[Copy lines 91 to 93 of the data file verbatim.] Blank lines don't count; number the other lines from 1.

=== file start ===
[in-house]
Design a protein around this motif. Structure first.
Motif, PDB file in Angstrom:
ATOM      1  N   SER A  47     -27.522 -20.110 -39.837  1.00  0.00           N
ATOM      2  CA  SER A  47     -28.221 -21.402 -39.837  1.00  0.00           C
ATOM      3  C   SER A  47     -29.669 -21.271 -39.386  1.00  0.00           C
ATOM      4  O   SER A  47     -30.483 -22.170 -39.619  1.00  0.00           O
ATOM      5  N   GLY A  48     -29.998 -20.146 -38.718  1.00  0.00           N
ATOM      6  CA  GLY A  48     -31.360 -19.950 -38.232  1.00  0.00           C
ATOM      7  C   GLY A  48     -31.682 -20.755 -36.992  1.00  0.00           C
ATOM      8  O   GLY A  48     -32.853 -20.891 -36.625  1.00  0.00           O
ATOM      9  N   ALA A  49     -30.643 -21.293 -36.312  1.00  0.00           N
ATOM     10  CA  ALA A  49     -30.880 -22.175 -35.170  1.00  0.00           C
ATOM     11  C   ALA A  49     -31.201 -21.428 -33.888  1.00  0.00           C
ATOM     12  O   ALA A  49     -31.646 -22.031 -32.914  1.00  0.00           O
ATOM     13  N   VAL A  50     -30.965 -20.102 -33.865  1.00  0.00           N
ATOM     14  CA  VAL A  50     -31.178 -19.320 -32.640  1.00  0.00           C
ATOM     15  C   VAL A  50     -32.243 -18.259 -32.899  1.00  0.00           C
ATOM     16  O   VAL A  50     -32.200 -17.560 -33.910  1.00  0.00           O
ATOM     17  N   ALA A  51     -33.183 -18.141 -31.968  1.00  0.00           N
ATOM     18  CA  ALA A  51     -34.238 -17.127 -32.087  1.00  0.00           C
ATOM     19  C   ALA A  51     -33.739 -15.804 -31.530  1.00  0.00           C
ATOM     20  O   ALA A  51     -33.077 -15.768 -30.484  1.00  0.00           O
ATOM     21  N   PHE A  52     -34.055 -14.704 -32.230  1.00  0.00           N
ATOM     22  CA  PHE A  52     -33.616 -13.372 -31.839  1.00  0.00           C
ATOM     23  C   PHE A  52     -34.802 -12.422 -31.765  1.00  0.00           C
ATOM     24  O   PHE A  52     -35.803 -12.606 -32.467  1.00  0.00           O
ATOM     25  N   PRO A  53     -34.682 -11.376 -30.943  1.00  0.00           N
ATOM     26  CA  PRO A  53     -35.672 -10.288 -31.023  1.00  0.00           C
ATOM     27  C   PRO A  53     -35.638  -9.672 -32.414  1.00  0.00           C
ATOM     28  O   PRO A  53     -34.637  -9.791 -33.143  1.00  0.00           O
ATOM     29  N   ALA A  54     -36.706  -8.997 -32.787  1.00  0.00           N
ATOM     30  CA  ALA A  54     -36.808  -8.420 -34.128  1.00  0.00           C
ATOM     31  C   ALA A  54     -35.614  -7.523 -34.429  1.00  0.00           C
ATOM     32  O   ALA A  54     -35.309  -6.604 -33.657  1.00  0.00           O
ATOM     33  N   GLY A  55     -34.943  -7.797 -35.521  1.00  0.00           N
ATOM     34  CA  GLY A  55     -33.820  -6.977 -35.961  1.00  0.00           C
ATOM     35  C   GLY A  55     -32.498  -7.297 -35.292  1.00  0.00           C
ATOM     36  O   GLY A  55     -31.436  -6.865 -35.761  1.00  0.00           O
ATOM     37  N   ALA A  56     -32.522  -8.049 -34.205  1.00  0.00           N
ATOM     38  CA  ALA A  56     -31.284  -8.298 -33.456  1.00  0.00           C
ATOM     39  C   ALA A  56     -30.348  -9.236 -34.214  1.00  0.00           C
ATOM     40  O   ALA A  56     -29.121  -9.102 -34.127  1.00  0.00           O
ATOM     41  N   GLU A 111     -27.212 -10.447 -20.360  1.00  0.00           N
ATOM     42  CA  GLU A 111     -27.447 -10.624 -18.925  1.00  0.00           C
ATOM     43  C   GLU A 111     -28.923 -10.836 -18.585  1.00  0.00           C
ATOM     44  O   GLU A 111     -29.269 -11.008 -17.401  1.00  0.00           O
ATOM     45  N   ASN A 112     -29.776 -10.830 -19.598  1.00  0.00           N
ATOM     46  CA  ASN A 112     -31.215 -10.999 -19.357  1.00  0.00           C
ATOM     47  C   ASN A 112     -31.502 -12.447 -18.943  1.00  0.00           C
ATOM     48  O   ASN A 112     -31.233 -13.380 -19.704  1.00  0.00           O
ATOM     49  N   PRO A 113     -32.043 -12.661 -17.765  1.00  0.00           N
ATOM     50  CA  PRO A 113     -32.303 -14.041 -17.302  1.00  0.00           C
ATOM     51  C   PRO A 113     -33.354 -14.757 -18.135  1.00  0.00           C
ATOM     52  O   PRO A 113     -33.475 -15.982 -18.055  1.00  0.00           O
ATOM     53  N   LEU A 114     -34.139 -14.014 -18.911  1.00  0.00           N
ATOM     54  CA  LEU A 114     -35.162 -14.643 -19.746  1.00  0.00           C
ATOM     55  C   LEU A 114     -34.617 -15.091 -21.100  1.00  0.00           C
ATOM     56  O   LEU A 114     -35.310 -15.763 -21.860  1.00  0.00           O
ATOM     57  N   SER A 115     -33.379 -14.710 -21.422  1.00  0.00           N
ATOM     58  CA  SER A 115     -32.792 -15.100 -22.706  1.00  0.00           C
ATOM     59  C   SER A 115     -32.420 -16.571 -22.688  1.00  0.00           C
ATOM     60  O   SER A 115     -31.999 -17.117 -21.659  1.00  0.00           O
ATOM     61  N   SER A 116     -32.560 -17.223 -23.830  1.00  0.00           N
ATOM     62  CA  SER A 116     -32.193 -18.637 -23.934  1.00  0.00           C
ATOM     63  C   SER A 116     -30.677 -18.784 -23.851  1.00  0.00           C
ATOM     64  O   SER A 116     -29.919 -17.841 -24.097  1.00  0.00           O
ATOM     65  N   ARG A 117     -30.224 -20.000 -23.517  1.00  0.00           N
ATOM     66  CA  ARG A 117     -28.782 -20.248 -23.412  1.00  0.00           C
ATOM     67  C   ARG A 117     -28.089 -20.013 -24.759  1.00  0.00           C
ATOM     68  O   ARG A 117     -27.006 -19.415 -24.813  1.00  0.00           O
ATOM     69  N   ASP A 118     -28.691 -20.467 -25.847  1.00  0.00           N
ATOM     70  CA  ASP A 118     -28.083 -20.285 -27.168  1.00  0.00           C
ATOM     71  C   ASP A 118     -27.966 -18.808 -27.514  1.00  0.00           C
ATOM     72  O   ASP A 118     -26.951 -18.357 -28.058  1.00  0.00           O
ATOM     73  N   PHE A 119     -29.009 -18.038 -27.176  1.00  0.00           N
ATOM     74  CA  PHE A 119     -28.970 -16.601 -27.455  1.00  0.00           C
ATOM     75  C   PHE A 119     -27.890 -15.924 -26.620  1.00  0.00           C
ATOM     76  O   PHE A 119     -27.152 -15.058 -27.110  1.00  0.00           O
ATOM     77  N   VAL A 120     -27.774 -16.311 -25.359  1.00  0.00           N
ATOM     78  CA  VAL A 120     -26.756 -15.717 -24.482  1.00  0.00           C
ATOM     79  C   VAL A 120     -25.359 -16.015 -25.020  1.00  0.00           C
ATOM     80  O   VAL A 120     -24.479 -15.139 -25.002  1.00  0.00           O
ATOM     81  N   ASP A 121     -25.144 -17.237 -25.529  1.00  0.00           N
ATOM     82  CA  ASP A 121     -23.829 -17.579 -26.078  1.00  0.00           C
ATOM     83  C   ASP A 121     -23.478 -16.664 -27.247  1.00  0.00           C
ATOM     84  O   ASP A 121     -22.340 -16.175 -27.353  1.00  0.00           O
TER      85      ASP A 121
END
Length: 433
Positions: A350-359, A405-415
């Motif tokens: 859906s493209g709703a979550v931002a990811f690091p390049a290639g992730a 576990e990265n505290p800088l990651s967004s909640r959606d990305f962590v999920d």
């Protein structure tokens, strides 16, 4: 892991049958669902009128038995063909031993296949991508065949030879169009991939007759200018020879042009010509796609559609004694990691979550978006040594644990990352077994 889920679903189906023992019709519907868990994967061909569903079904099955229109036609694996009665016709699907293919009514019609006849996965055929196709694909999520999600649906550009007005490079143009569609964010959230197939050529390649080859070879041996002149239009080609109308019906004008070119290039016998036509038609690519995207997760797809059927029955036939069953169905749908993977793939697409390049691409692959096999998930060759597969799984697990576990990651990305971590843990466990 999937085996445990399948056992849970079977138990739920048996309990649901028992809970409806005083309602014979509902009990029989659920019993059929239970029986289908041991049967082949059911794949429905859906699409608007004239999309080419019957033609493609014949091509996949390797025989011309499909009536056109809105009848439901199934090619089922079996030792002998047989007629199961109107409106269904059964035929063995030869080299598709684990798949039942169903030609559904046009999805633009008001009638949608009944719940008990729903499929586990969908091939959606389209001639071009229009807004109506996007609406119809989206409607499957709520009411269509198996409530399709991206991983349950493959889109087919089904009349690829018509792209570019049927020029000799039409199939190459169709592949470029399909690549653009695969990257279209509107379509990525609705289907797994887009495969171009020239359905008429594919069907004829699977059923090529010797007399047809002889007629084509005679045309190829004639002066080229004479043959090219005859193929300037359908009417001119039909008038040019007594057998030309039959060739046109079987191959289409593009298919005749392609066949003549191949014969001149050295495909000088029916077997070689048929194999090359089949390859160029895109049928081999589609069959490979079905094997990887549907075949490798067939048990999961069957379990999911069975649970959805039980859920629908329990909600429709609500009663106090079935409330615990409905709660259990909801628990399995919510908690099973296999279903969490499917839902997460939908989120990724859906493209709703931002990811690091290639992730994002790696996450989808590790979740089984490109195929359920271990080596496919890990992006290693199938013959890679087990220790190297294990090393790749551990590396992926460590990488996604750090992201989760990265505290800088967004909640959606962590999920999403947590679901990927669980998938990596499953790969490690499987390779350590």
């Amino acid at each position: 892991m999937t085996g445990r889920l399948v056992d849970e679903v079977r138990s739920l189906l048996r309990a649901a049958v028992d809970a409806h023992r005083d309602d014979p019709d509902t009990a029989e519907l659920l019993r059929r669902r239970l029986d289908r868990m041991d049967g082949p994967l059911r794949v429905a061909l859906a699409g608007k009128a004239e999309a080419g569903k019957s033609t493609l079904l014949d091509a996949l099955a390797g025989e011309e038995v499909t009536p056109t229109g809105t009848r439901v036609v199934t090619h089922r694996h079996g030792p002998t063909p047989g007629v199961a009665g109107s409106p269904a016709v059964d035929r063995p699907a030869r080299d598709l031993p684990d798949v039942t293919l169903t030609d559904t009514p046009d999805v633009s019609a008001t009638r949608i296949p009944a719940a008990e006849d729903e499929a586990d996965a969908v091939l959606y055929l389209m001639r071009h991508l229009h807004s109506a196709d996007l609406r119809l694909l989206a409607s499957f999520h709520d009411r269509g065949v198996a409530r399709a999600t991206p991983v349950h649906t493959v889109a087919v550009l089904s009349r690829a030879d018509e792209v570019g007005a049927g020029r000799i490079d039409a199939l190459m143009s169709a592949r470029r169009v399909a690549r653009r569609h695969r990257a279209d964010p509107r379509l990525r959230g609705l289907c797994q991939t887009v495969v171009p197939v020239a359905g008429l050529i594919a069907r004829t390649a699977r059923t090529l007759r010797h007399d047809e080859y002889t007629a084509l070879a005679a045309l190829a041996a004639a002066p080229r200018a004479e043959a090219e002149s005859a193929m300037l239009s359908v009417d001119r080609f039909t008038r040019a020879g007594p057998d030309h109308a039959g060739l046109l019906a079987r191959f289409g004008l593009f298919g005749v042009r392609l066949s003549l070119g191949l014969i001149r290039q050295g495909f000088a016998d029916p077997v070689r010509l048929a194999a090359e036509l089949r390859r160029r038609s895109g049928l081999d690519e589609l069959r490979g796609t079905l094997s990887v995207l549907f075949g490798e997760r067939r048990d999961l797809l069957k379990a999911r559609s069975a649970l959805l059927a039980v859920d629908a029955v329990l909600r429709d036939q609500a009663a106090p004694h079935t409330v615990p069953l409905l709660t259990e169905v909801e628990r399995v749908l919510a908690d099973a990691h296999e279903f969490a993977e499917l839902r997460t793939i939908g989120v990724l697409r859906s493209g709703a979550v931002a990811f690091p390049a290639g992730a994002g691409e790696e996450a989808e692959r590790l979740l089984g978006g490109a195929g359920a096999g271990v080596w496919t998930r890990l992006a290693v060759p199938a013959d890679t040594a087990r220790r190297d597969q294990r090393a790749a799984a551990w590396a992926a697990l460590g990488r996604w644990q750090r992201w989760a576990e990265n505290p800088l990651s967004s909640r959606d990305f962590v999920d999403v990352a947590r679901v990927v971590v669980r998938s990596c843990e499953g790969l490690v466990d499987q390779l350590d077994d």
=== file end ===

Positions: A350-359, A405-415
């Motif tokens: 859906s493209g709703a979550v931002a990811f690091p390049a290639g992730a 576990e990265n505290p800088l990651s967004s909640r959606d990305f962590v999920d």
């Protein structure tokens, strides 16, 4: 892991049958669902009128038995063909031993296949991508065949030879169009991939007759200018020879042009010509796609559609004694990691979550978006040594644990990352077994 889920679903189906023992019709519907868990994967061909569903079904099955229109036609694996009665016709699907293919009514019609006849996965055929196709694909999520999600649906550009007005490079143009569609964010959230197939050529390649080859070879041996002149239009080609109308019906004008070119290039016998036509038609690519995207997760797809059927029955036939069953169905749908993977793939697409390049691409692959096999998930060759597969799984697990576990990651990305971590843990466990 999937085996445990399948056992849970079977138990739920048996309990649901028992809970409806005083309602014979509902009990029989659920019993059929239970029986289908041991049967082949059911794949429905859906699409608007004239999309080419019957033609493609014949091509996949390797025989011309499909009536056109809105009848439901199934090619089922079996030792002998047989007629199961109107409106269904059964035929063995030869080299598709684990798949039942169903030609559904046009999805633009008001009638949608009944719940008990729903499929586990969908091939959606389209001639071009229009807004109506996007609406119809989206409607499957709520009411269509198996409530399709991206991983349950493959889109087919089904009349690829018509792209570019049927020029000799039409199939190459169709592949470029399909690549653009695969990257279209509107379509990525609705289907797994887009495969171009020239359905008429594919069907004829699977059923090529010797007399047809002889007629084509005679045309190829004639002066080229004479043959090219005859193929300037359908009417001119039909008038040019007594057998030309039959060739046109079987191959289409593009298919005749392609066949003549191949014969001149050295495909000088029916077997070689048929194999090359089949390859160029895109049928081999589609069959490979079905094997990887549907075949490798067939048990999961069957379990999911069975649970959805039980859920629908329990909600429709609500009663106090079935409330615990409905709660259990909801628990399995919510908690099973296999279903969490499917839902997460939908989120990724859906493209709703931002990811690091290639992730994002790696996450989808590790979740089984490109195929359920271990080596496919890990992006290693199938013959890679087990220790190297294990090393790749551990590396992926460590990488996604750090992201989760990265505290800088967004909640959606962590999920999403947590679901990927669980998938990596499953790969490690499987390779350590």